Bill Jensen, “Transgressions”

Art, Painting Free
4 out of 5 stars
 (Courtesy Cheim & Read)
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Courtesy Cheim & ReadBill jensen, Mountain Tiger-Sky 2013
 (Courtesy Cheim & Read)
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Courtesy Cheim & ReadBill jensen, Study For Right Hand Panel Of Transgressions 2013
 (Courtesy Cheim & Read)
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Courtesy Cheim & ReadBill jensen, Luohan (Violet #I) 2013–14
 (Courtesy Cheim & Read)
4/11
Courtesy Cheim & ReadBill jensen, Double Stillness 2014-15
 (Courtesy Cheim & Read)
5/11
Courtesy Cheim & ReadBill jensen, Transgressions III 2011–14
 (Courtesy Cheim & Read)
6/11
Courtesy Cheim & ReadBill jensen, Loom Of Origins 2015
 (Courtesy Cheim & Read)
7/11
Courtesy Cheim & ReadBill jensen, End Of The Ordinary Realm 2013-14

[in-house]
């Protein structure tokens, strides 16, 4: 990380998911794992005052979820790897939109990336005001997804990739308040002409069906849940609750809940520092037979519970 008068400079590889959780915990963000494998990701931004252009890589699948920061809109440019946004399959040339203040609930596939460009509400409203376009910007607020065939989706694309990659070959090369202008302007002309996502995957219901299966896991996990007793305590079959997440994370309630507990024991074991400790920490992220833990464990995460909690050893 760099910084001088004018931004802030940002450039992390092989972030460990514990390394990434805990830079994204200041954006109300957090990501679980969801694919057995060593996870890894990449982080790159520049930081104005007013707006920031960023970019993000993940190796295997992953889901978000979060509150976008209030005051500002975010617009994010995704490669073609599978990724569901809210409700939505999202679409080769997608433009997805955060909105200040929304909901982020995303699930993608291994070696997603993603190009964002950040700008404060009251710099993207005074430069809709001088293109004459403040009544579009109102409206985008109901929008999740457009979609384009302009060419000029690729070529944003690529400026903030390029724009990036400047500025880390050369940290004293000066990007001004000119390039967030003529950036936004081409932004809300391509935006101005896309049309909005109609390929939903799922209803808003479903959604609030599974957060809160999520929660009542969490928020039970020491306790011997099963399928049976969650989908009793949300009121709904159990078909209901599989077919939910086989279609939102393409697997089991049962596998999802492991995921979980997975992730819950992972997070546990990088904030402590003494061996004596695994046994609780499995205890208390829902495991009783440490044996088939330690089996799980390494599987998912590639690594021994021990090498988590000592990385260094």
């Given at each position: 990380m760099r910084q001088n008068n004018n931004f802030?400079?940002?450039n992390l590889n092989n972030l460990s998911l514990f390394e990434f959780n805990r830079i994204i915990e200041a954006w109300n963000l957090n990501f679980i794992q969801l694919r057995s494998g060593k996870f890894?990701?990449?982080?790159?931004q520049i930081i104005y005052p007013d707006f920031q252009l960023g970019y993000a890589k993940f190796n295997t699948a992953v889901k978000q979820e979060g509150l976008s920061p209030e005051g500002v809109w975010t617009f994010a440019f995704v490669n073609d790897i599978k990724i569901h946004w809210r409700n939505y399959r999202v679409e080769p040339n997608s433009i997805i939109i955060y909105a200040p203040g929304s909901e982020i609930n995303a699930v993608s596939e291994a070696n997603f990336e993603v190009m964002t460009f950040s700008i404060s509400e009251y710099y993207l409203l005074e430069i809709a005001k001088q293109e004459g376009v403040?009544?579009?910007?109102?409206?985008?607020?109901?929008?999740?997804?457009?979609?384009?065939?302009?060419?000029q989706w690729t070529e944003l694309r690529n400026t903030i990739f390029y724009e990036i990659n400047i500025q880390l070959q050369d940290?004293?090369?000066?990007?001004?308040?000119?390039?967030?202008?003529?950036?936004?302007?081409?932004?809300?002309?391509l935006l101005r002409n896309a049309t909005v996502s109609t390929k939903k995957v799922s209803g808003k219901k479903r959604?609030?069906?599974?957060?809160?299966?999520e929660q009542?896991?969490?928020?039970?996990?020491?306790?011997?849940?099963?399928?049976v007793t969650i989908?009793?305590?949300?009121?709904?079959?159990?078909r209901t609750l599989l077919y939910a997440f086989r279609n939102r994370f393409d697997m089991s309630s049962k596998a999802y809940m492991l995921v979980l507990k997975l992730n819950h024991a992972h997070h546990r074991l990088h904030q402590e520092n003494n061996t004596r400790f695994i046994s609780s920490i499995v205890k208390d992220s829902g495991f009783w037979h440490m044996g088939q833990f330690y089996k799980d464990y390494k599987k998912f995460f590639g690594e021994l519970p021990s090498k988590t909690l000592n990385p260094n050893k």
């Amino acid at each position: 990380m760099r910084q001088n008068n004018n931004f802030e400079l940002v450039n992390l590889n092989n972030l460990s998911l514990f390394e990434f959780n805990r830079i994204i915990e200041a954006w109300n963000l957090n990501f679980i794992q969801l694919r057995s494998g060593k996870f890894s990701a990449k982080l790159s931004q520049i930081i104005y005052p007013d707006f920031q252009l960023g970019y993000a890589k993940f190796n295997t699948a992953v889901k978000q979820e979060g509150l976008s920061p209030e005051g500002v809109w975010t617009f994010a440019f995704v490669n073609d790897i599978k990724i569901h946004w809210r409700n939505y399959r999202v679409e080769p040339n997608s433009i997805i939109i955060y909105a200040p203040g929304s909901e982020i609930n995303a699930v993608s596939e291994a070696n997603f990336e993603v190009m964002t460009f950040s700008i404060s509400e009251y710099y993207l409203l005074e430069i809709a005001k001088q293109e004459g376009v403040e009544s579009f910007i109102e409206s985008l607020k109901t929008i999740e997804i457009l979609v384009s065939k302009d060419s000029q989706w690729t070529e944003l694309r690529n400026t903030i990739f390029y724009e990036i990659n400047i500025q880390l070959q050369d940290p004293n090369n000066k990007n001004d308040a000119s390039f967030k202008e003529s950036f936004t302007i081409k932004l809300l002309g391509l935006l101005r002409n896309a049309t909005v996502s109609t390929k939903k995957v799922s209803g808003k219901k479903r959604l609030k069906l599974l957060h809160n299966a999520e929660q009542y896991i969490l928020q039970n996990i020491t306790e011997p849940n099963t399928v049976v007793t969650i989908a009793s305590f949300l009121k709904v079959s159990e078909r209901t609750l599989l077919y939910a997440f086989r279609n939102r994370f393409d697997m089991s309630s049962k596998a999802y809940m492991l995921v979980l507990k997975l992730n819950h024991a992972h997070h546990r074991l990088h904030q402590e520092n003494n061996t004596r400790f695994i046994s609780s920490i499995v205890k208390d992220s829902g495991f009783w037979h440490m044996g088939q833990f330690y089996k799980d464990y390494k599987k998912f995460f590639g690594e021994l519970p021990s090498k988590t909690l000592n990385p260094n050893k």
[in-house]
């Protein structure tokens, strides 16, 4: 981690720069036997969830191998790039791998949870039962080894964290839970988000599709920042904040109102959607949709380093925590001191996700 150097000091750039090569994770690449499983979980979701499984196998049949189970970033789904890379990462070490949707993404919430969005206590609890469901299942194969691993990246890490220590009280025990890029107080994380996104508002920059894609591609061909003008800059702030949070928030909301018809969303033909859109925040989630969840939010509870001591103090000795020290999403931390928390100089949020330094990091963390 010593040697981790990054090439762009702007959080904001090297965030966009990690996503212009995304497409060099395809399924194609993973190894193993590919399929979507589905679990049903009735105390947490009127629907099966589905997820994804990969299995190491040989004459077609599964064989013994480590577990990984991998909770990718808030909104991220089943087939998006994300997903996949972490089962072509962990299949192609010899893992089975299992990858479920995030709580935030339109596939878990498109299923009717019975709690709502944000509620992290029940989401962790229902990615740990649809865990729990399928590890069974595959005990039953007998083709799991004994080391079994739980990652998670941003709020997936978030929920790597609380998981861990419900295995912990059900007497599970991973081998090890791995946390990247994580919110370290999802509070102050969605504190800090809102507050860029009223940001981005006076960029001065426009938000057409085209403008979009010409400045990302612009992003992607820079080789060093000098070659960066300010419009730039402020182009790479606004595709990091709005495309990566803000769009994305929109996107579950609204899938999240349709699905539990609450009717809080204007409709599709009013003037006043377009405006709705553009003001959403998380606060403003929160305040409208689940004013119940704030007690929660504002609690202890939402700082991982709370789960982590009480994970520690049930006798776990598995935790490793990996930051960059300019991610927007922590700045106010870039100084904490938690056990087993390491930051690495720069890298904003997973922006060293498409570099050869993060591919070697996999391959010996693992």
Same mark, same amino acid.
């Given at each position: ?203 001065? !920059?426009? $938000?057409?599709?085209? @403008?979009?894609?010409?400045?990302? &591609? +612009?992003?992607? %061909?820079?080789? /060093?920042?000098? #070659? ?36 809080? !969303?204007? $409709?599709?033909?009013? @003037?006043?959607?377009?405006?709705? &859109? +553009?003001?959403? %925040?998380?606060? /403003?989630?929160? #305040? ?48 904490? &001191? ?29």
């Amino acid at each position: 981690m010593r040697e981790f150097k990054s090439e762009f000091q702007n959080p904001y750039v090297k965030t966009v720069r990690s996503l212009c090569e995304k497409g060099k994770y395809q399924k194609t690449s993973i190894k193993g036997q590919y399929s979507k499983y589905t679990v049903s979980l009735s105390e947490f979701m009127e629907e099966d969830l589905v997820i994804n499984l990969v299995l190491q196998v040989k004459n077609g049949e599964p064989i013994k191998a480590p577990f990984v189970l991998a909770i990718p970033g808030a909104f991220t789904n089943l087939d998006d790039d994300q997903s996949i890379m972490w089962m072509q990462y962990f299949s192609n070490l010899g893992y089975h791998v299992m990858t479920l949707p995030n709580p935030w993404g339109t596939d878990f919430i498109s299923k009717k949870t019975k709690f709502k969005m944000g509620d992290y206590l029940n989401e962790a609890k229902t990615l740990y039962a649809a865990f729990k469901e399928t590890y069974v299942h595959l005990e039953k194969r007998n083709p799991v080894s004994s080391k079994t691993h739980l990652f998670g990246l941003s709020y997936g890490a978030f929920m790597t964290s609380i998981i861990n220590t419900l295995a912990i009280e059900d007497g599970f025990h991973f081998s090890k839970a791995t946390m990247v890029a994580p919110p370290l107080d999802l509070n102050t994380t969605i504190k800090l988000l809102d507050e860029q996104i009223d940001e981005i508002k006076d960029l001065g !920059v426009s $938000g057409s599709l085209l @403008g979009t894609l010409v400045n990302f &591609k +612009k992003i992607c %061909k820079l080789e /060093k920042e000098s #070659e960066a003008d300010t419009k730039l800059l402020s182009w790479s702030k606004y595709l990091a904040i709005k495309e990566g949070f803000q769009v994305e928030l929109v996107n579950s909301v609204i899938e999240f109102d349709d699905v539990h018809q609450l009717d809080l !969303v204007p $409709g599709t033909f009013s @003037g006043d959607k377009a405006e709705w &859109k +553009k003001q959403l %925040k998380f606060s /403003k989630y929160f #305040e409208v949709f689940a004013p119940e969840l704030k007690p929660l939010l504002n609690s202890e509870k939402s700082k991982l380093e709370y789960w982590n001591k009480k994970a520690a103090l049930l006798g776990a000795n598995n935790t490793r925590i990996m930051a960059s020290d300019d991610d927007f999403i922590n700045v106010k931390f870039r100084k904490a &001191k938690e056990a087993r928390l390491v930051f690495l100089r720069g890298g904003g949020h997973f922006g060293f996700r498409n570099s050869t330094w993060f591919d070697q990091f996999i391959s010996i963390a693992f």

(Courtesy Cheim & Read)
8/11
Courtesy Cheim & ReadBill jensen, Dark Dragon Pool #V 2014-15
 (Brian Buckley)
9/11
Brian BuckleyInstallation view of Bill Jensen at Cheim & Read
 (Brian Buckley)
10/11
Brian BuckleyInstallation view of Bill Jensen at Cheim & Read
 (Brian Buckley)
11/11
Brian BuckleyInstallation view of Bill Jensen at Cheim & Read

Grandeur rubs up against a strange caliginous quality in Bill Jensen’s latest visionary paintings. On the grand side, he’s abstracted details from Michelangelo’s The Last Judgment to distill the artist’s muscular aesthetic in a series titled “Transgressions.” One features a large diptych radiating appendages that appear to explode into flame. Another series has an opposite effect, with compositions almost impossible to read; it’s as if the dark matter pervading the universe suddenly imposed a sense of both menace and stillness.

My favorite paintings are two modest, purplish canvases inhabited by blotlike forms in shades of violet and lavender. Each piece has been scraped and attacked with painterly aggression, making their subjects seem wounded and weighty yet still curiously light due to the kitschy overtones of their palette.

There’s much beauty in the transparent layering, subtle scumbling and sure command of pigment in Jensen’s larger paintings. Yet it’s his use of purple in his smaller works—the color of bruising, royalty and tacky taste—that impresses the most.—Jennifer Coates

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